But not absolution from the consequences
We often hear people complaining they’re being discriminated against, losing friends and acquaintances, and even being so-called “cancelled” because of the opinions they hold. Somehow they seem to feel that they should be able to hold, and express, their opinions, often loudly, to anyone, without consequence.
Because, of course, they believe their opinion is correct, and that should be honored and respected.
Here’s the thing: everyone else is also entitled to their opinions. And that includes their opinion about your opinion.
So, while you are certainly free to hold and share your opinion, you may get disagreement, or even be ostracised, for expressing those views.
Your opinions expose who you are.
If people believe your opinions to be heinous, they may question your morality. If people consider your thoughts to be ignorant, they may think you less than intelligent or downright stupid. If people view your opinions as oppressive or prejudiced, they may consider you a bigot. If people view your opinions as uncaring and insensitive to the needs of others, they may consider you a self-centered narcissist.
Holding an opinion, no matter how righteous or correct you believe it to be, does not give you blanket immunity from criticism or ridicule.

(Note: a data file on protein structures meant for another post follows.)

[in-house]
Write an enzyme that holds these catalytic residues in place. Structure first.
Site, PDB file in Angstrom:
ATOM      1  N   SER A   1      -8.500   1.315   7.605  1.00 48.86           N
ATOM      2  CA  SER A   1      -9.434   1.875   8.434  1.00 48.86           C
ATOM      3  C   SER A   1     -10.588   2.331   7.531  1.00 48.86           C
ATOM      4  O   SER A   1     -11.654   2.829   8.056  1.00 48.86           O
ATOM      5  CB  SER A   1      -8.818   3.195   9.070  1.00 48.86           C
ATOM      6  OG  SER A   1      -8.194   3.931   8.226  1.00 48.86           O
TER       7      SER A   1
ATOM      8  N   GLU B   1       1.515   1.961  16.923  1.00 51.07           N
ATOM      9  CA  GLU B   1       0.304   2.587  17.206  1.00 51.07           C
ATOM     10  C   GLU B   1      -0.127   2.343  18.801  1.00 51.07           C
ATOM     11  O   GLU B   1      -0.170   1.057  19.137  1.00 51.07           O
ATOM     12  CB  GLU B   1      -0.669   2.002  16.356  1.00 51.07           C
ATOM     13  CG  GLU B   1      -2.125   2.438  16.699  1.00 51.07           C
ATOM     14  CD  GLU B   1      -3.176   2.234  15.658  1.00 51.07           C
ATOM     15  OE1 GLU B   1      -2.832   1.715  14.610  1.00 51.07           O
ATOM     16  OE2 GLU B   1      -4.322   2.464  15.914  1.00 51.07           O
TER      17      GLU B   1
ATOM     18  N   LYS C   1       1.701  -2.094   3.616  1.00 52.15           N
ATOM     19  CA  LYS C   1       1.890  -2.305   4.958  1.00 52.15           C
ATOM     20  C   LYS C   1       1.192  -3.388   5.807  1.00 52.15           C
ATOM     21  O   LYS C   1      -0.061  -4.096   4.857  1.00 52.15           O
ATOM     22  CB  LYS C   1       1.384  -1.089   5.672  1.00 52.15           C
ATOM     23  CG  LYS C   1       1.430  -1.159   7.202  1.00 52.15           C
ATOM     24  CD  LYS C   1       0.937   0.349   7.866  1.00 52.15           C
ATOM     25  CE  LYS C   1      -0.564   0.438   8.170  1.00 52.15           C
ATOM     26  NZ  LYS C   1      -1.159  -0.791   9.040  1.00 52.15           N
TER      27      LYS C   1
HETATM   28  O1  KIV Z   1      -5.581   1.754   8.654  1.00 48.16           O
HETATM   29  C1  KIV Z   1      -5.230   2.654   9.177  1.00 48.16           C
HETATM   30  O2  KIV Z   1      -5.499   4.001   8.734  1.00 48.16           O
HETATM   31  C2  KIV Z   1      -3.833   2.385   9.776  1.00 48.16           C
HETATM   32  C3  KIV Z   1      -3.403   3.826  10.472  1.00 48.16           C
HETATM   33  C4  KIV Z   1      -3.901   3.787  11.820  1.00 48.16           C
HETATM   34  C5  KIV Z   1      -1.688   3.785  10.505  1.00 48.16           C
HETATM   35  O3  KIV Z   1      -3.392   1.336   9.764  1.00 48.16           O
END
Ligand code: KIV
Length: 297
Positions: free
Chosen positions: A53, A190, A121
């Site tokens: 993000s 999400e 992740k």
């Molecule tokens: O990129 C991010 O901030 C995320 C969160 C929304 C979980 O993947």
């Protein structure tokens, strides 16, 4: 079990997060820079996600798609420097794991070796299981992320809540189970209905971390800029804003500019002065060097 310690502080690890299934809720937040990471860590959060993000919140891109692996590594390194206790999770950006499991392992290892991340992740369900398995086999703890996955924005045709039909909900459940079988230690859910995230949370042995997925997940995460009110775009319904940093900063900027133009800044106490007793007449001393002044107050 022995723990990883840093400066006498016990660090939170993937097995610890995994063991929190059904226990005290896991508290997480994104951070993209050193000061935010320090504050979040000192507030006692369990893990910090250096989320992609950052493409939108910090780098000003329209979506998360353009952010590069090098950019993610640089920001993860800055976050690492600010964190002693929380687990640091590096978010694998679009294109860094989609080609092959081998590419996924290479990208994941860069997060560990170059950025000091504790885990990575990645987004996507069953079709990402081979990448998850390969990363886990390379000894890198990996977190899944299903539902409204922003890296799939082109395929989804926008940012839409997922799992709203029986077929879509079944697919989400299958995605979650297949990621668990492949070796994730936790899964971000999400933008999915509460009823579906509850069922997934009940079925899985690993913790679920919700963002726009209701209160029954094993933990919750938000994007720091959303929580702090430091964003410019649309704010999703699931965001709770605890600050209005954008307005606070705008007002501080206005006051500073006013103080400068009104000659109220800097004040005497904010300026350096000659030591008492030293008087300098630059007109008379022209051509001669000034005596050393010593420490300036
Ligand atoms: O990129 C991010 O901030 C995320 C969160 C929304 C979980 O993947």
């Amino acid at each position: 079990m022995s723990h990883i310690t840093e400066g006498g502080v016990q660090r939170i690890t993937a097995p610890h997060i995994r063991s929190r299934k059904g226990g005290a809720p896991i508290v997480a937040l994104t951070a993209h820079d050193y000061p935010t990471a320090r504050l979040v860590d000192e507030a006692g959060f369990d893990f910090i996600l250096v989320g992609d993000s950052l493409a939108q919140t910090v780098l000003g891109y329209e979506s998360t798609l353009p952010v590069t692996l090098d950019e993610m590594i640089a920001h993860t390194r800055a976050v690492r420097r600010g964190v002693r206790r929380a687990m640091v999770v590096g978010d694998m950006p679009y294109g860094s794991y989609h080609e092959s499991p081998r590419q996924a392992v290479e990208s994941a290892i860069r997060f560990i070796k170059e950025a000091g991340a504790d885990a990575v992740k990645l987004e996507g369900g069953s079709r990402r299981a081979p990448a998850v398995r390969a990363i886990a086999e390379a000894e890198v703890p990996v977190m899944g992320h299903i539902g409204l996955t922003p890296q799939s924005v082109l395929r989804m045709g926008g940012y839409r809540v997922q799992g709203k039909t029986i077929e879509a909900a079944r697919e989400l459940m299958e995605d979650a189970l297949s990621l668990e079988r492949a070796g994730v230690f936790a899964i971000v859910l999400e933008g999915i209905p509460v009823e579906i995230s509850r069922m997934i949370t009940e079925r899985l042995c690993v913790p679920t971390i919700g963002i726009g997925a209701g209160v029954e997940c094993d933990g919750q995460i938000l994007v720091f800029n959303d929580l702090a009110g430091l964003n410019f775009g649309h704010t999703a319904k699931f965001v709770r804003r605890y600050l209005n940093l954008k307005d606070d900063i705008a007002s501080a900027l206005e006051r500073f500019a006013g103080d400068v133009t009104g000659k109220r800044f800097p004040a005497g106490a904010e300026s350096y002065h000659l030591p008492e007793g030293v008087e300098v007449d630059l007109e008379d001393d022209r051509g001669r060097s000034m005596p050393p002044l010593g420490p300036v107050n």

Just the opposite, in fact. A well-considered opinion should invite thoughtful discourse, and be open to rational defense, and even be open to being changed in the face of new information.
But the hardest lesson of all, it seems, is what I’d call our right to “freedom of association”.
If you clearly hold opinions I consider being wrong or harmful to society or the people around you — particularly people I care about — then I have the right to not want to associate with you.
Particularly when I know your opinion isn’t open to revision, I’m more likely to just walk away.
Respect is earned, they say, but it’s also lost. One of the fastest ways to lose the respect of others is to routinely hold and frequently express opinions that others would not consider worthy of respect.
You have the right to your opinions, but with that right comes the responsibility of accepting the consequences.